Scott King

How I'd Sink American Vogue | London, South Kensington | digital print, paperclip, sellotape and shoe, in twelve parts | 27.5 x 20.5cm

"What struck me about Scott was that he could express, in a pop manner, ideas writers needed whole books to explain."

historian Matt Worley

Political and often humorous, artist Scott King’s work incorporates elements of advertising, protest and dissent to address the issues of his time. As an undergraduate student at the Hull College of Art, King covertly replaced existing posters at the school with ones that read “No Posters Allowed on These Doors (This Is Not a Poster),” which alarmed both students and school administrators. His 2008 exhibition, “Marxist Disco (Cancelled),” at Kunstverein München, in Munich, featured a large screenprint on canvas of Cher dressed as Che Guevara. At nearly 10 feet long, Pink Cher dominated the space, acknowledging our fixation on celebrity culture and political iconography. “There certainly is a sincere political motivation and strategy in his work, but he also tries to spice it up with some pop and some fun,” Steve Kalmar, Director of Kunstverein Munich, told VernissageTV at the exhibition’s opening.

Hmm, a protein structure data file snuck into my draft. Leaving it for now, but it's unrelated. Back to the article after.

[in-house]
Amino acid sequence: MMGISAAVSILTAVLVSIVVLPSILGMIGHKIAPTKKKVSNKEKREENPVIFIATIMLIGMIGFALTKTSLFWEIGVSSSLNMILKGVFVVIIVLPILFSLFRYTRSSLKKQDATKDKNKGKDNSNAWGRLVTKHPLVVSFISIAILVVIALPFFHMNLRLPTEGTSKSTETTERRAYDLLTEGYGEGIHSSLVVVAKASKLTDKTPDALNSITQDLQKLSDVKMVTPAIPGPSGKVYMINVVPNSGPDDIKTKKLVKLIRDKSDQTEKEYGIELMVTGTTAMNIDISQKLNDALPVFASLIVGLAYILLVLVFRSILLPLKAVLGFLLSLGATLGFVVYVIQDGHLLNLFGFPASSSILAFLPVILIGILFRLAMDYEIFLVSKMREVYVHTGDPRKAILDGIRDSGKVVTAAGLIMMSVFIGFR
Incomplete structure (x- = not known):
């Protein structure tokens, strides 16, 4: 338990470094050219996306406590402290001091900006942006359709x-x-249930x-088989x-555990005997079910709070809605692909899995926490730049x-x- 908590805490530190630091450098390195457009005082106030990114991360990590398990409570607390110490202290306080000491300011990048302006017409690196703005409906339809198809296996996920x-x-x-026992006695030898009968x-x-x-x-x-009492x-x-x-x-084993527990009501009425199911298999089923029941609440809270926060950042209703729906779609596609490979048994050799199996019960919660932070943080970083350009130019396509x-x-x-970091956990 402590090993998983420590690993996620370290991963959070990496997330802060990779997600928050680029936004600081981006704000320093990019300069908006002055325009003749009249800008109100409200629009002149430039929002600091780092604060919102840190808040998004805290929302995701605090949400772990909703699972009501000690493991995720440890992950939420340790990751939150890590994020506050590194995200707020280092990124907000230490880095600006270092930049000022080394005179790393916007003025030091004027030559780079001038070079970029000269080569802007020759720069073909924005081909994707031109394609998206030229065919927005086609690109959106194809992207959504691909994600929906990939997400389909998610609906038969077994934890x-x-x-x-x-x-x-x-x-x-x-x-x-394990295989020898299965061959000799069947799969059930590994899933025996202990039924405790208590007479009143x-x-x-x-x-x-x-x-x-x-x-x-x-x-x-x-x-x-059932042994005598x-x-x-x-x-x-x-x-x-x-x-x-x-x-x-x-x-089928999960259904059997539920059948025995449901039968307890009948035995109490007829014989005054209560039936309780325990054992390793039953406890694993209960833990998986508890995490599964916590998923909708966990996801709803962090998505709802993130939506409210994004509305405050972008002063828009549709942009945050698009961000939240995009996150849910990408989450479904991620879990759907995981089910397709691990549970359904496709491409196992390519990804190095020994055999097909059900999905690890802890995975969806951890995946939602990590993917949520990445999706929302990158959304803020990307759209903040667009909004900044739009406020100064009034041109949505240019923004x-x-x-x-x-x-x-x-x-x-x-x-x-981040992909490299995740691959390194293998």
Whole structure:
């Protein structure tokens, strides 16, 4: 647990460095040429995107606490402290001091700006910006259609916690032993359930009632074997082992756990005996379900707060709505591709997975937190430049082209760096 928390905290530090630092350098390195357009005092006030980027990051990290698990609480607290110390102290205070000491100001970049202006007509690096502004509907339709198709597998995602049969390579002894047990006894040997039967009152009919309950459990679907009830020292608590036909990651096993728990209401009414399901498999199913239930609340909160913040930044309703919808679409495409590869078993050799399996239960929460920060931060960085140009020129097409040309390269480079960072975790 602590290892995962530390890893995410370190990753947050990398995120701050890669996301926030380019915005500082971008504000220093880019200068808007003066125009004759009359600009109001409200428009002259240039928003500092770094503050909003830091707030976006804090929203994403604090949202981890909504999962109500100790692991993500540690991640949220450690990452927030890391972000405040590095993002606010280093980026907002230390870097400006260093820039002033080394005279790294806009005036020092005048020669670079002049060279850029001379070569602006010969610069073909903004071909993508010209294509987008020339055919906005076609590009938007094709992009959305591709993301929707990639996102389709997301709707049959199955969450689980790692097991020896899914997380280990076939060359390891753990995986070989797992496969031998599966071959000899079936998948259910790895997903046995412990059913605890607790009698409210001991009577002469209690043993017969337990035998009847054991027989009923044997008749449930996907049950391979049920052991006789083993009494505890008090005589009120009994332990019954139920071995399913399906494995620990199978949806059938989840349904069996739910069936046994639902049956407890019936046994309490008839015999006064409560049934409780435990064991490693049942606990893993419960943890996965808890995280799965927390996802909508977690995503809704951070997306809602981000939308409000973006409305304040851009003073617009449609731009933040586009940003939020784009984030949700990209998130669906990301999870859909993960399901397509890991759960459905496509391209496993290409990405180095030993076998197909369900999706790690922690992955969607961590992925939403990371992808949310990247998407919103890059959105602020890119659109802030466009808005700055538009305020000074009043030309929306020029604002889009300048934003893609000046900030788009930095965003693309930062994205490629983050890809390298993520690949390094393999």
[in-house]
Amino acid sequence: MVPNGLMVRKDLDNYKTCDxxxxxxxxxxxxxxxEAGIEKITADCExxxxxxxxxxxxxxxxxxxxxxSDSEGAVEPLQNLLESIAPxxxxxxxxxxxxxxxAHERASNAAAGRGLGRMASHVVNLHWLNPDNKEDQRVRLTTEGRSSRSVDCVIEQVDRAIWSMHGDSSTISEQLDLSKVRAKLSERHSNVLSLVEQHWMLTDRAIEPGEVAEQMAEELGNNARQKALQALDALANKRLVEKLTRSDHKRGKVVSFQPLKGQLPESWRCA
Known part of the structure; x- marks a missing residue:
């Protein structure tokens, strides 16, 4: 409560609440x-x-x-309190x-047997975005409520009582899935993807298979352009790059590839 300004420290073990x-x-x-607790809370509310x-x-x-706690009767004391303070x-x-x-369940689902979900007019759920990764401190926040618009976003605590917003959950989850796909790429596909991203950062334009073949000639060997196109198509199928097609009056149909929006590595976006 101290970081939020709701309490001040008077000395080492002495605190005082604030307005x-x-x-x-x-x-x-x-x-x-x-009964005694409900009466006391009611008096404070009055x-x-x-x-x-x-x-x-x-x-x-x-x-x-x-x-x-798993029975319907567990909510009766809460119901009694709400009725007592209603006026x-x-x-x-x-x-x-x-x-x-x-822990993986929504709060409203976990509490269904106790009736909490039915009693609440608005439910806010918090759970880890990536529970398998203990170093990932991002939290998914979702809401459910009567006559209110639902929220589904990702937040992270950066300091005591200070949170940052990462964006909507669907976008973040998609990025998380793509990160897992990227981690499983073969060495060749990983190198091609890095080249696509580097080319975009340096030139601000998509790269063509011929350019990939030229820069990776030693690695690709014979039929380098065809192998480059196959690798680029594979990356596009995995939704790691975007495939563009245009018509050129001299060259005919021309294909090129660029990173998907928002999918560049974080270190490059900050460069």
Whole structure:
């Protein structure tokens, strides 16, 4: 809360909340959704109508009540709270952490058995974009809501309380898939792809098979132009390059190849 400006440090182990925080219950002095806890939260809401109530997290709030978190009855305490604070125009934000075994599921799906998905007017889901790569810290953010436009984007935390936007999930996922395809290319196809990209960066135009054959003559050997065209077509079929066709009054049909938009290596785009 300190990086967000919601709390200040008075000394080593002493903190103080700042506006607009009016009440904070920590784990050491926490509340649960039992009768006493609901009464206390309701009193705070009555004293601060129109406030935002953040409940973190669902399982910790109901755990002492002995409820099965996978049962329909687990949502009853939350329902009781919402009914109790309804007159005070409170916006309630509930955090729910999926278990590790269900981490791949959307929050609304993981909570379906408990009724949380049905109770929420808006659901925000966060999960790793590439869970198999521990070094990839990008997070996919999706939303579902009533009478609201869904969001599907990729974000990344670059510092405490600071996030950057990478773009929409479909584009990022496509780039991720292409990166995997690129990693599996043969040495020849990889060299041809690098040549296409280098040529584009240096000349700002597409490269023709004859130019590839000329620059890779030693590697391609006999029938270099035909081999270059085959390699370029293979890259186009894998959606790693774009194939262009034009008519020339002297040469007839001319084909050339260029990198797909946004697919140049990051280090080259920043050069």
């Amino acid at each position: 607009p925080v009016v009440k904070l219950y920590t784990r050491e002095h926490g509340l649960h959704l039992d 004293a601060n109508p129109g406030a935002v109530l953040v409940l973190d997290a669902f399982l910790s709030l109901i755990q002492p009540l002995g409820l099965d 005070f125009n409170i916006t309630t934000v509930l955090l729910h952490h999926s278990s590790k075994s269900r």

In 2013, King released the limited-edition single, "You're My Favourite Artist," a comment on sychophancy and phoniness in the contemporary art world. Oliver Basciano writes in Art Review: “King’s approach to this culture is Warholian in its celebratory, unironic use of motifs from popular consciousness, but he satirizes the growing dependence on frivolous commodity, which comes at the price of any sense of social identity.” (Art Review, Dec. 1, 2010)

In this way, King is part of a long tradition of the artist-as-jester and provocateur, calling attention to the excesses of modern life through his text-based works and visually arresting sculptures. "I'm no intellectual," King told The Guardian in a 2010 interview, "but I do my best. At worst, I'll get the gist of some Walter Benjamin and make it into pop crap.”

King grew up in Goole, later serving as art director of i-D. He lives and works in London.

Additional sources:

Matt Worley interview in The Guardian:

Vernissage TV:

Oliver Basciano, Art Review, Dec. 1, 2010.

Herald Street:  

Read More